As of yesterday, residents of the state of Utah will be allowed to perform African hair braiding services without obtaining a license and the mandated 2,000 hours of cosmetology training. The only guarantee you'll have against a disastrously bad hair-braiding service will be that you might go someplace that's been recommended by a friend or that has good reviews or simply a place that looks like it has a lot of customers so you figure they must be pretty happy.
Except the funny thing—when you get right down to it—is that these are the mechanisms everyone uses all the time to try to obtain reasonable quality personal services. Nobody who wants to find a good hairstylist or barber of any kind just says "all I care about is whether he's passed the state-mandated licensing scheme." People ask for recommendations. They search the Web. Or (like me) they figure they just don't care that much and just want a cheap haircut and if it sucks they won't go back.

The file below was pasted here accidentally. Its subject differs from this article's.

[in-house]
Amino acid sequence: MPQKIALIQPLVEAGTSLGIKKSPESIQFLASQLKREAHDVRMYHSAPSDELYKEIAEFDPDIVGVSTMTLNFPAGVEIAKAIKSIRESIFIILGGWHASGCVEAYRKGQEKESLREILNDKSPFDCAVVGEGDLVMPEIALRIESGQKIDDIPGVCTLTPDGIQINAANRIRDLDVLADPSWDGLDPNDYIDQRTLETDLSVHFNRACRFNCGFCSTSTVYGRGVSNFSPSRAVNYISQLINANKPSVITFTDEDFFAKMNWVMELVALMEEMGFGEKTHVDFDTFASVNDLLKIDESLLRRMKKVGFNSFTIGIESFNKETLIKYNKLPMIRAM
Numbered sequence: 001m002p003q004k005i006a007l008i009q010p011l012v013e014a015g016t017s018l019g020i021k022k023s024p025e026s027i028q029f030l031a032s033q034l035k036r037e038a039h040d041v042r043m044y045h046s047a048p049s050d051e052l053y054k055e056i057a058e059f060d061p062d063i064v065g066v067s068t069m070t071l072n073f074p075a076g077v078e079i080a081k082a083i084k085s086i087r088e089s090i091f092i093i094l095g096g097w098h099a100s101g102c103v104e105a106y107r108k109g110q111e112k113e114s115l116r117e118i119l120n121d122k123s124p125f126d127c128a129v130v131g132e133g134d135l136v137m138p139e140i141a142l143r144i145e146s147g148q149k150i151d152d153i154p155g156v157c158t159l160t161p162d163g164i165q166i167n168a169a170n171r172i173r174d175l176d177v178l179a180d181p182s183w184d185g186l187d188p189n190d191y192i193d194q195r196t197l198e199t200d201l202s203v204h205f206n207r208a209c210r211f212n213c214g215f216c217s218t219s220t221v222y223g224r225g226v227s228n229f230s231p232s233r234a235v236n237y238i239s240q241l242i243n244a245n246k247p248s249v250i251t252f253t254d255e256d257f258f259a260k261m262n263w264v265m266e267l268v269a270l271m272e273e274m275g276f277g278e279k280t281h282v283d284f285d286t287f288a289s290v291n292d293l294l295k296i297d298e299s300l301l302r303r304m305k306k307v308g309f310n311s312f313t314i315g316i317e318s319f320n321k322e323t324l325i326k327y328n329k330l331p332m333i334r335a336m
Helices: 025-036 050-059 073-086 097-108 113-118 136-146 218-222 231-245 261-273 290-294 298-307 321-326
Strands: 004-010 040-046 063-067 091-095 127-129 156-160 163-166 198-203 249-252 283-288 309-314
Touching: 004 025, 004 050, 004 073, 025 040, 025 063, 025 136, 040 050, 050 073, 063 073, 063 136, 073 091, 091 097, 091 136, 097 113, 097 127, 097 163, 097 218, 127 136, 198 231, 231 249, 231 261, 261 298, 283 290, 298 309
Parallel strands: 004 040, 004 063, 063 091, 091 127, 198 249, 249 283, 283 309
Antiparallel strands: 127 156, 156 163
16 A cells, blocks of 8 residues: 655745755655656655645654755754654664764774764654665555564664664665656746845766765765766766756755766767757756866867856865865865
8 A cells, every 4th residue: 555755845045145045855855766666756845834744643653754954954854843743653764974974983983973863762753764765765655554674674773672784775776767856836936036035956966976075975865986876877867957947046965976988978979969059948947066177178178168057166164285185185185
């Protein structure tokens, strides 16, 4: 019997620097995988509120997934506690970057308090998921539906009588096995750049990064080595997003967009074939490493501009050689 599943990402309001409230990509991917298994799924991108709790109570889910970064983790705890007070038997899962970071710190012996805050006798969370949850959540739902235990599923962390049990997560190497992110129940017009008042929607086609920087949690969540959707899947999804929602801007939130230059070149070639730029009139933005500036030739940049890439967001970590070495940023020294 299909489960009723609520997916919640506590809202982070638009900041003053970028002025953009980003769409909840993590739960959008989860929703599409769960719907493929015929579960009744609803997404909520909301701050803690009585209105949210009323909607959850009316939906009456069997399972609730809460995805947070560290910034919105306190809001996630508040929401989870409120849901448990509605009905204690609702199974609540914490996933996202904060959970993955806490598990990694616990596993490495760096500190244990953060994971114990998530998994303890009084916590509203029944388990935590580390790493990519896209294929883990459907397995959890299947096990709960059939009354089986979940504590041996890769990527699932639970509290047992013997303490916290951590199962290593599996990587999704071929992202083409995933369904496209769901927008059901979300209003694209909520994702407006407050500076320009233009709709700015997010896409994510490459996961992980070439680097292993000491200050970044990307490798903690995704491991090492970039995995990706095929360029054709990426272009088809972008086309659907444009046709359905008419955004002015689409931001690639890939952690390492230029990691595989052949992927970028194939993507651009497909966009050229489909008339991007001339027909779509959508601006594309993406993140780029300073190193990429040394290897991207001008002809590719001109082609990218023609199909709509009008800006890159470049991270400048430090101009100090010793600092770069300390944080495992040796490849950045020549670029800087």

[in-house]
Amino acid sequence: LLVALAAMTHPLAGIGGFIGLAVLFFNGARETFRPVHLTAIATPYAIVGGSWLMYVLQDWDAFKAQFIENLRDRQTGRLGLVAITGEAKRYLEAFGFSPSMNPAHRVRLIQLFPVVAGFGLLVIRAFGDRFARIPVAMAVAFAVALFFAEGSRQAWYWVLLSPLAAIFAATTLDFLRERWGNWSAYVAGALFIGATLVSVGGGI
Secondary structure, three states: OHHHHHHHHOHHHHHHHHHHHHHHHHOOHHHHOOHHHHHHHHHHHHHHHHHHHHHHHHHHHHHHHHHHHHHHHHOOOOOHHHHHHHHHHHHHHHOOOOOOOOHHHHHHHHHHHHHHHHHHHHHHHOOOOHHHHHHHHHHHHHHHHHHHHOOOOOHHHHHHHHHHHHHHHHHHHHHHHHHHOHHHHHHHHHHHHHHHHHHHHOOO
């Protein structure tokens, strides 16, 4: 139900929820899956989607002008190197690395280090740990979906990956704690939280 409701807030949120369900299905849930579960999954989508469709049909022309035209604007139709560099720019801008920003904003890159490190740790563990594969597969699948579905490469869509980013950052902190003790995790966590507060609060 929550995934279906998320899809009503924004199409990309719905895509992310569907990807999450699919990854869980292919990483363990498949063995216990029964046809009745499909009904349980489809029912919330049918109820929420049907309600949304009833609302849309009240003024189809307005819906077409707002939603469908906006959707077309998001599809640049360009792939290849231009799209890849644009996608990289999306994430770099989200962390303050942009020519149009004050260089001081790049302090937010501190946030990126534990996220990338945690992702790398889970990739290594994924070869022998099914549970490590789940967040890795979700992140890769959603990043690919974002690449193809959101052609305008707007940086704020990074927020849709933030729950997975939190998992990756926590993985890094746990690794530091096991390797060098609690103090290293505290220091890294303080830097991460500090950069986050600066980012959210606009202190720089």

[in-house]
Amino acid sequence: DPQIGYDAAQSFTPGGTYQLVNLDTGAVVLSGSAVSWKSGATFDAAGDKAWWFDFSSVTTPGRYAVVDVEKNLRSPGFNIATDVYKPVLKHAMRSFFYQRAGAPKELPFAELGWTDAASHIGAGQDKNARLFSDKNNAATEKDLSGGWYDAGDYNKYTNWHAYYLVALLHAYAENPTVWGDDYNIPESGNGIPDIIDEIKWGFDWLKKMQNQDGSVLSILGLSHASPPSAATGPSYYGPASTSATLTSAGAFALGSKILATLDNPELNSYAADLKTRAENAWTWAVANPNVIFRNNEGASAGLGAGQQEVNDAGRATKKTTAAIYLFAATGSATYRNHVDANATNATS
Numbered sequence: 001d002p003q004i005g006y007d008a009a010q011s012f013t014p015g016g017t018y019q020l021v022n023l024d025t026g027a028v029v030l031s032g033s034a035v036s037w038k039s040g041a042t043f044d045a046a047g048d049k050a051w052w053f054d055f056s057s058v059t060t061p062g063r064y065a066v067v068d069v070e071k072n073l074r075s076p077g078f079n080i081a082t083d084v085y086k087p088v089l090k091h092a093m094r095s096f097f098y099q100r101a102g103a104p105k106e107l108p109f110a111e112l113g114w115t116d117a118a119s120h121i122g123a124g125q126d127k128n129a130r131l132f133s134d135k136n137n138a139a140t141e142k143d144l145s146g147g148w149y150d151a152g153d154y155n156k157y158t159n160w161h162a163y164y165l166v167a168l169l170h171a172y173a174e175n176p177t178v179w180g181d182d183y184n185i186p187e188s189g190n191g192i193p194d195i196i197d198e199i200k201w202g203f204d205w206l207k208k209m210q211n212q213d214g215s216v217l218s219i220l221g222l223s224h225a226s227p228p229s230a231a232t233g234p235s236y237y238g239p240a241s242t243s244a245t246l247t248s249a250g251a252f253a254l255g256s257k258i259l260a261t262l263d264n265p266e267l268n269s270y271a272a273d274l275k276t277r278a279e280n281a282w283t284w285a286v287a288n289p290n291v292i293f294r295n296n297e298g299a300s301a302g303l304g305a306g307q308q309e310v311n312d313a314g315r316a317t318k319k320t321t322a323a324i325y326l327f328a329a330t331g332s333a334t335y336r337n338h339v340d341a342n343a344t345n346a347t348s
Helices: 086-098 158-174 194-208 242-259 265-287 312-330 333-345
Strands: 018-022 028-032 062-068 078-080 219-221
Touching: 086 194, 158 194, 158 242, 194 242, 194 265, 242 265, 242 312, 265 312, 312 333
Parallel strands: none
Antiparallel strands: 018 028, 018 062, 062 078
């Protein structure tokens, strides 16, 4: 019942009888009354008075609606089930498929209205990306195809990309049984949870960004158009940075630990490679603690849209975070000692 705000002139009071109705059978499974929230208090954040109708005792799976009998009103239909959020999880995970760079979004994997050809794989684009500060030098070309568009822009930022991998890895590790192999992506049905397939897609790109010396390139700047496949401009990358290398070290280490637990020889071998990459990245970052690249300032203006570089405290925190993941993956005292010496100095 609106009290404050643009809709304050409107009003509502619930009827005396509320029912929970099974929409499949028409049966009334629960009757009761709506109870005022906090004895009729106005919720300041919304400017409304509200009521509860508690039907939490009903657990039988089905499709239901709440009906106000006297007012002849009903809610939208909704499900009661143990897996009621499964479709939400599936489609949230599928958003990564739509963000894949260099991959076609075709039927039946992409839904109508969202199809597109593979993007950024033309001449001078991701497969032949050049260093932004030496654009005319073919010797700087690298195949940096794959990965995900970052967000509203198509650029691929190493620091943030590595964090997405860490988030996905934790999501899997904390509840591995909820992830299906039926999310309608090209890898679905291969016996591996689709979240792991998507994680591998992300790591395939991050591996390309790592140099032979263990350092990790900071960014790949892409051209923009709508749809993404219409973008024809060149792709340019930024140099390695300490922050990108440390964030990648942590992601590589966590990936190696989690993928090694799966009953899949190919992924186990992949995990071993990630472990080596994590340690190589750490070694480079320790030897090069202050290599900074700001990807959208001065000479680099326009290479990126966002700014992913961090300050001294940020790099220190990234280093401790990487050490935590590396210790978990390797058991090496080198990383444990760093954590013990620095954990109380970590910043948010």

The Utah case is particularly interesting because Utah obviously doesn't have a long tradition of African hair braiding as a local industry. Consequently, the cosmetology courses available don't even provide any training that's relevant to the practice. That's what made this an appealing test case for the Institute of Justice, which won the ruling that will let Jestina Clayton keep plying her trade. But the economic logic is much more broadly applicable. There's no real public health, safety, or environmental issue here. It's not like banking, where you could make a fortune by taking hidden risks that threaten the broader economy. The only way to make money in the business of messing around with people's hair is for your customers to walk away happy with your product and saying good things about you.
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